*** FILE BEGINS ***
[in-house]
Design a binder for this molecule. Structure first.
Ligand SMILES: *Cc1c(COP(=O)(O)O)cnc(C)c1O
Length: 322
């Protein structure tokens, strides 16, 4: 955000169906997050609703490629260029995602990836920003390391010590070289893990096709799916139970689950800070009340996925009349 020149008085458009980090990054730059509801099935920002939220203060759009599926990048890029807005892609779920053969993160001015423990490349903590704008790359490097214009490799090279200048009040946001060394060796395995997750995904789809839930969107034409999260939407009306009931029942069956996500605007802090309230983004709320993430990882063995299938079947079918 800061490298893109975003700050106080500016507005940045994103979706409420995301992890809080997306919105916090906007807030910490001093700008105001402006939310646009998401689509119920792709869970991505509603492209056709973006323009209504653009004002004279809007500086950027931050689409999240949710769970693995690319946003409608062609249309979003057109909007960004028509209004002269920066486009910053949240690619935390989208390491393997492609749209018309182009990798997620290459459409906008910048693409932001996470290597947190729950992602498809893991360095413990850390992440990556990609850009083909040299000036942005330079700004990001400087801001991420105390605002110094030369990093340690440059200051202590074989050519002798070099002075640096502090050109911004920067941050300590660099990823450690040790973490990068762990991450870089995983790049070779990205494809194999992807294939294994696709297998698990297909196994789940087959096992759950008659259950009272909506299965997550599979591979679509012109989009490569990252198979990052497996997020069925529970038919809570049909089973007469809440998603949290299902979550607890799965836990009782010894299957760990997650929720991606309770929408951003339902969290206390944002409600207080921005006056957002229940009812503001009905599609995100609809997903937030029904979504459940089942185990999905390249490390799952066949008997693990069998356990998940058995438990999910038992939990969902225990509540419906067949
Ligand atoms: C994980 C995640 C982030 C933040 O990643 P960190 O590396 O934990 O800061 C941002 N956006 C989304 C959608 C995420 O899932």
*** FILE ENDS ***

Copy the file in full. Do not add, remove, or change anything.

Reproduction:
[in-house]
Design a binder for this molecule. Structure first.
Ligand SMILES: *Cc1c(COP(=O)(O)O)cnc(C)c1O
Length: 322
């Protein structure tokens, strides 16, 4: 955000169906997050609703490629260029995602990836920003390391010590070289893990096709799916139970689950800070009340996925009349 020149008085458009980090990054730059509801099935920002939220203060759009599926990048890029807005892609779920053969993160001015423990490349903590704008790359490097214009490799090279200048009040946001060394060796395995997750995904789809839930969107034409999260939407009306009931029942069956996500605007802090309230983004709320993430990882063995299938079947079918 800061490298893109975003700050106080500016507005940045994103979706409420995301992890809080997306919105916090906007807030910490001093700008105001402006939310646009998401689509119920792709869970991505509603492209056709973006323009209504653009004002004279809007500086950027931050689409999240949710769970693995690319946003409608062609249309979003057109909007960004028509209004002269920066486009910053949240690619935390989208390491393997492609749209018309182009990798997620290459459409906008910048693409932001996470290597947190729950992602498809893991360095413990850390992440990556990609850009083909040299000036942005330079700004990001400087801001991420105390605002110094030369990093340690440059200051202590074989050519002798070099002075640096502090050109911004920067941050300590660099990823450690040790973490990068762990991450870089995983790049070779990205494809194999992807294939294994696709297998698990297909196994789940087959096992759950008659259950009272909506299965997550599979591979679509012109989009490569990252198979990052497996997020069925529970038919809570049909089973007469809440998603949290299902979550607890799965836990009782010894299957760990997650929720991606309770929408951003339902969290206390944002409600207080921005006056957002229940009812503001009905599609995100609809997903937030029904979504459940089942185990999905390249490390799952066949008997693990069998356990998940058995438990999910038992939990969902225990509540419906067949
Ligand atoms: C994980 C995640 C982030 C933040 O990643 P960190 O590396 O934990 O800061 C941002 N956006 C989304 C959608 C995420 O899932």